• You didn’t send in your payment or your payment was late.  If you call immediately upon receiving the notice, you can usually be reinstated as soon as your payments are current.  Don’t depend on the IRS vouchers as a reminder to make your payment.  Vouchers can come to you after the due date or not at all.  Have a note on your calendar to make your payment whether or not the voucher shows up.  If you send in a payment without a voucher, include your social security number, the tax year to apply the payment (2020-1040) and have your phone number on the check.
  • You filed your return late or did not pay your taxes in full when you filed your return.  One of the conditions of having a payment plan with the IRS is that you don’t get behind on filing or paying in the future.  Again, the IRS will likely reinstate the agreement if you can bring your payments current and you contact them immediately after receiving the notice of default.  To prevent this from happening in the future make sure your estimated taxes are paid timely if you are self employed or that your withholdings are sufficient if you are an employee.

If you default and you have to renegotiate your payment plan with the IRS it is unlikely you will get the same payment amount.   If your financial situation has worsened, your payment amount will be reduced.  Likewise, if your financial situation has improved, your payment amount will go up.  Rather than just go back into another installment arrangement, I advise our clients to reevaluate to see if there is another settlement option that would be better now that their situation has changed.

There are legitimate situations where I advise clients to strategically default on purpose so that a better settlement can be reached with the IRS.  This should only be done with the help of a professional representative who can guide you through the renegotiation process. Our company has over 45 years of tax preparation and IRS negotiation experience.

Scott Allen E. A.

Tax Debt Advisors, Inc.

Written by Scott Allen


Ways to stop Wage Garnishment and IRS Levy

When clients contact us about a garnishment or levy by the IRS on their wages they want it removed as quickly as possible. I understand that, but it is also prudent to make sure that any “posturing” that will help the situation long term is done first.

The IRS will allow reasonable amounts for living expenses before considering what amount is available for one’s historical tax debt. Before agreeing to a monthly payment plan to get the levy released, there are a number of posturing items to resolve as quickly as possible.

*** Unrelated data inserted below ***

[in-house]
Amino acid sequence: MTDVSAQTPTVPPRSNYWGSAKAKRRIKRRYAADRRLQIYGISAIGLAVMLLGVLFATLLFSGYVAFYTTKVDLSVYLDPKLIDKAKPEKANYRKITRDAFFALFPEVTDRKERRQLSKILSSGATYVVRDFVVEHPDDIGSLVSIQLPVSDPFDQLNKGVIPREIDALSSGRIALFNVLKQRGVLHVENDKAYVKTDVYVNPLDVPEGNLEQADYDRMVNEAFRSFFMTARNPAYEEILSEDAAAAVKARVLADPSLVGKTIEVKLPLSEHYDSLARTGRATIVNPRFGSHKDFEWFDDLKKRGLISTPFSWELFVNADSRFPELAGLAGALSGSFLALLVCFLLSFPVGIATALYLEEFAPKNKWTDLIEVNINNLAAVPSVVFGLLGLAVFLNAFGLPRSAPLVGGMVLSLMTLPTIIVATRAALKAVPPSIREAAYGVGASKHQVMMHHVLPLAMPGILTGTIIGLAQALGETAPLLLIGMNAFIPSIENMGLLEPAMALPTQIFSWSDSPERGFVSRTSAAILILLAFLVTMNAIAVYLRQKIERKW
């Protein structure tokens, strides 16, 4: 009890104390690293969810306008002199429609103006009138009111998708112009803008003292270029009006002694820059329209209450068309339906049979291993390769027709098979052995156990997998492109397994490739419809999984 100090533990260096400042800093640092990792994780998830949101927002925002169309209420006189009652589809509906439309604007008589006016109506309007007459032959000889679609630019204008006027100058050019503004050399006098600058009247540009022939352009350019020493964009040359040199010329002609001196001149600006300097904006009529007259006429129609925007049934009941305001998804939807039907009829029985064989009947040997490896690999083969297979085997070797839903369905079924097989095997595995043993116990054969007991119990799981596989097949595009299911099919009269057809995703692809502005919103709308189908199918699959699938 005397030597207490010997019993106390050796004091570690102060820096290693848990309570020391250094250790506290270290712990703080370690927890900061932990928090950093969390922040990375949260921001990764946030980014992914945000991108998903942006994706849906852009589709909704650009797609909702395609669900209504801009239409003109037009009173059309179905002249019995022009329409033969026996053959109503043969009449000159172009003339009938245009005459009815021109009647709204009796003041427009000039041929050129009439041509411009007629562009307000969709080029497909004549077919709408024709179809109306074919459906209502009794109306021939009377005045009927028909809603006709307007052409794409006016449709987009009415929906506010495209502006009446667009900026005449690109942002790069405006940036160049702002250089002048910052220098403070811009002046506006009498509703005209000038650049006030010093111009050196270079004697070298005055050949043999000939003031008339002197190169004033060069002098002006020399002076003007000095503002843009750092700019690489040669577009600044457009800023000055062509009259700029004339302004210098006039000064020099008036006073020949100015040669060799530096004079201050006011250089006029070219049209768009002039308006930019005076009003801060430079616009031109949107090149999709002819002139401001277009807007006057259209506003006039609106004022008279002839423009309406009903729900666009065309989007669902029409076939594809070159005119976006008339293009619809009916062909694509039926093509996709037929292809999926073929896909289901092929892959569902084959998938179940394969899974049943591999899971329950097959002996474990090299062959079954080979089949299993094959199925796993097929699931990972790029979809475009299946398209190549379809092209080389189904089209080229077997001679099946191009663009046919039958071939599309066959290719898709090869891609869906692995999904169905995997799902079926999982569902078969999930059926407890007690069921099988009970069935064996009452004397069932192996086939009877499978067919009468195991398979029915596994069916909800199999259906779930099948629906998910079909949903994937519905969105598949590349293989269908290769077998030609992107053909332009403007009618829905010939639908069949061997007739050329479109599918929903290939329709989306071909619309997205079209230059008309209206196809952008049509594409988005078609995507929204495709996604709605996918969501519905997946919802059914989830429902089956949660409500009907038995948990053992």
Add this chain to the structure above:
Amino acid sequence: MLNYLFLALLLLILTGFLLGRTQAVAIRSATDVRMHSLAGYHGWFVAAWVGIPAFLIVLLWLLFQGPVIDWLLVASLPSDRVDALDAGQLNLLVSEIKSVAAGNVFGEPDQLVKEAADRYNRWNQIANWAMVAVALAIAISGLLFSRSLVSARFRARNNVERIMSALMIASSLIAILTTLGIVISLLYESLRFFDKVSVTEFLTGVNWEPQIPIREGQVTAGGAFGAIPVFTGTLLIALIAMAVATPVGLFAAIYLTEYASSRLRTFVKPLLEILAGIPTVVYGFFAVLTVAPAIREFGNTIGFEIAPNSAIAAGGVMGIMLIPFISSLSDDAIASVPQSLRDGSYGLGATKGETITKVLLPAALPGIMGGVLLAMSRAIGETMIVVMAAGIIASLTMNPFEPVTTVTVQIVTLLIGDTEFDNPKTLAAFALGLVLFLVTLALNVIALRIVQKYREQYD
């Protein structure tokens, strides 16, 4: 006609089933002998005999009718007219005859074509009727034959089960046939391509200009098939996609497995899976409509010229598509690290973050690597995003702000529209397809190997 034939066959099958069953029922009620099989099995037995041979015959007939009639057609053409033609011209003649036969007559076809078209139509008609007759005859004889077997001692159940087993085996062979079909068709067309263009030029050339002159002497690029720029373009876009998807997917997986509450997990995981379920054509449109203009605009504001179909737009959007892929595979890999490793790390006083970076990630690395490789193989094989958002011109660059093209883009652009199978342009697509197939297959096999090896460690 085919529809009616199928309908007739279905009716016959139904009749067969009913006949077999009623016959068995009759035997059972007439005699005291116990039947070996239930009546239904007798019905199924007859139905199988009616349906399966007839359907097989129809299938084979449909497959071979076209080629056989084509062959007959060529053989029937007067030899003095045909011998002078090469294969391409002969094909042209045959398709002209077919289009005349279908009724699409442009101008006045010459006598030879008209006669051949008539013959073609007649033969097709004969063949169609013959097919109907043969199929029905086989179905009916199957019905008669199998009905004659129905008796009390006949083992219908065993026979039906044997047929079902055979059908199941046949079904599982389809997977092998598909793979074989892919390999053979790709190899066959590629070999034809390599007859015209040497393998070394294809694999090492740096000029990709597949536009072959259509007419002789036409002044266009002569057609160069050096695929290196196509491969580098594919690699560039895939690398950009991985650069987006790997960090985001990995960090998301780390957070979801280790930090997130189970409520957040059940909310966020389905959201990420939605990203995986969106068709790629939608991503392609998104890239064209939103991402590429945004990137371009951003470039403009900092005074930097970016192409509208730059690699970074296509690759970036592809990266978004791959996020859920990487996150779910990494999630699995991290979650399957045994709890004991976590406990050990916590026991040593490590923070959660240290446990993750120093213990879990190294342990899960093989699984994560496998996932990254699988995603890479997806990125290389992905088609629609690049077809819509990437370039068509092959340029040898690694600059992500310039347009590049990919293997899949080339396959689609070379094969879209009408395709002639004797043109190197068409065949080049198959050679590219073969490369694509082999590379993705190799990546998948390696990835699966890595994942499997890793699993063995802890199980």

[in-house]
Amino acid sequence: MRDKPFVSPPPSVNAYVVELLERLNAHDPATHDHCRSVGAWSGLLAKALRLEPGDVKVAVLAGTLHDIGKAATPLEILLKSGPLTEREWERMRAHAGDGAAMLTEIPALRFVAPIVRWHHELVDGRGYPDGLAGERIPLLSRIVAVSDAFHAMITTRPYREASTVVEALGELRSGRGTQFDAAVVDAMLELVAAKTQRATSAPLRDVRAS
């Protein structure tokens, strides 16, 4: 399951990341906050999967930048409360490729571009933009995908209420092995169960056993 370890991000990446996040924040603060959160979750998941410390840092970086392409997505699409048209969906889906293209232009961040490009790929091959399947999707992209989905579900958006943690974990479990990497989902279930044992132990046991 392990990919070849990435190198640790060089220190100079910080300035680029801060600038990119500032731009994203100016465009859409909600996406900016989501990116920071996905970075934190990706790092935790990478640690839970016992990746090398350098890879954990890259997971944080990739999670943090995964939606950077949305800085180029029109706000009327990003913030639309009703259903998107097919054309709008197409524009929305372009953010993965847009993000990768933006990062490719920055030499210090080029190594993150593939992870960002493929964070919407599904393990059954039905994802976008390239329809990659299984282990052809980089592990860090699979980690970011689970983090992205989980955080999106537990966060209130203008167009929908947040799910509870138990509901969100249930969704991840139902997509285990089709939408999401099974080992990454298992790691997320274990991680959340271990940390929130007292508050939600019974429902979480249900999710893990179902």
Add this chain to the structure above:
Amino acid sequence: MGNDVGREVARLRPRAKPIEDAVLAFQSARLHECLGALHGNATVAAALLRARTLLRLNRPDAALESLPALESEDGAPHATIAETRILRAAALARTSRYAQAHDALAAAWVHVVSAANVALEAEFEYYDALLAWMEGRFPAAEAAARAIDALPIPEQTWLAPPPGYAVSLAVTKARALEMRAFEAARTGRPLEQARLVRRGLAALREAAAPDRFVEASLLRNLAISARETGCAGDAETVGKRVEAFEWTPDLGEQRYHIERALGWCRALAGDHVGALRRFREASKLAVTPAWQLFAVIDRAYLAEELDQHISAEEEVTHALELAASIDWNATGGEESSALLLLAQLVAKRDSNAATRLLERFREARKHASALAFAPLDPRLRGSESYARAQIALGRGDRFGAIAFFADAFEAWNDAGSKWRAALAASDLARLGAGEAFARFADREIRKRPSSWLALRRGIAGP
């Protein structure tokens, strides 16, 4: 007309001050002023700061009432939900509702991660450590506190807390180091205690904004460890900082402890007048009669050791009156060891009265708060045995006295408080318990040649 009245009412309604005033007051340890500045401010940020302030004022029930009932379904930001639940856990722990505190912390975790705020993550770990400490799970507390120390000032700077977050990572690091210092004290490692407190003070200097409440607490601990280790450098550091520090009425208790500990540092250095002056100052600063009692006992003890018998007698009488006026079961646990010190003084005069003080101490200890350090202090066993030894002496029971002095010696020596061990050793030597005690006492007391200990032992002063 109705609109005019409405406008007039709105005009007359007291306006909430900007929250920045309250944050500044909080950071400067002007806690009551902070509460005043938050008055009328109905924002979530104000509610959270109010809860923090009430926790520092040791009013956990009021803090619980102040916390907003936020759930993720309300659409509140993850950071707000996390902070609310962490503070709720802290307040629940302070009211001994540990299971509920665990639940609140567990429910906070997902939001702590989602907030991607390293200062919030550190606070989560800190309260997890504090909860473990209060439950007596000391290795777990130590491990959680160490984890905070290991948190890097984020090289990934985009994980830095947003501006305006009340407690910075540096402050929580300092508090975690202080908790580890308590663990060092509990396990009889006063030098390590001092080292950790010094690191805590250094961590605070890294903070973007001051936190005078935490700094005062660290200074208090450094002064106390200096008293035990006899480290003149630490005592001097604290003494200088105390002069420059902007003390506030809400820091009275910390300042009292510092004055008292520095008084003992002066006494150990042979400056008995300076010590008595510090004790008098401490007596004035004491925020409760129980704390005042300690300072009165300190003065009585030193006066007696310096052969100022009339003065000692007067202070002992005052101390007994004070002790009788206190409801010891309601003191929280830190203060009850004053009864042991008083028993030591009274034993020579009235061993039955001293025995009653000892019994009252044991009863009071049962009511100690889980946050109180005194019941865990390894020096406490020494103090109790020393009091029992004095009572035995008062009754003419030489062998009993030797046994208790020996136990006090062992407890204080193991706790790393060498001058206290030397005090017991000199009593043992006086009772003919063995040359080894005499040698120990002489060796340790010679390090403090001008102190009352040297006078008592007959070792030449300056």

First, make sure your withholdings on your pay check is correct. If you are claiming too many exemptions, correct you W-4 form immediately so that you will not owe any taxes when you file the current year return. Every additional dollar you have withheld will reduce your monthly payment by exactly the same amount.

Second, if you have a car that needs to be replaced or one that you own free and clear, you may want to consider getting a new or newer vehicle. Once you are locked in on a monthly payment amount, the IRS will file a tax lien and the lien will make it next to impossible to get a car loan. If you have an old vehicle that you own free and clear and you turn it in for a newer car, the payments you make will reduce the amount you have to pay on your historical tax debt dollar for dollar up to a certain amount. Right now that amount is $588.

Thirdly, if you don’t have health insurance consider getting a policy. Again, you reduce your monthly payment to the IRS on your past tax debt dollar for dollar on the cost of your insurance premiums. If you want health insurance instead of making a higher monthly payment to the IRS you will need to do this before the installment arrangement is entered into.

It is not possible in a short blog to list all of the items one needs to consider. Posturing can lower the amount the IRS will consider for an Offer in Compromise. It can qualify you for non-collectible status, and it can make it possible for you to discharge your taxes in bankruptcy and make no payment at all to the IRS on your past debt. Remember that these suggestions are not universal and need to be reviewed with a professional after making your representative knowledgeable of your financial affairs. Call and speak with Scott today do discuss the best settlement option for you.

Scott Allen E.A. – President

Tax Debt Advisors, Inc. – Since 1977

Mesa AZ IRS Installment Payment Plan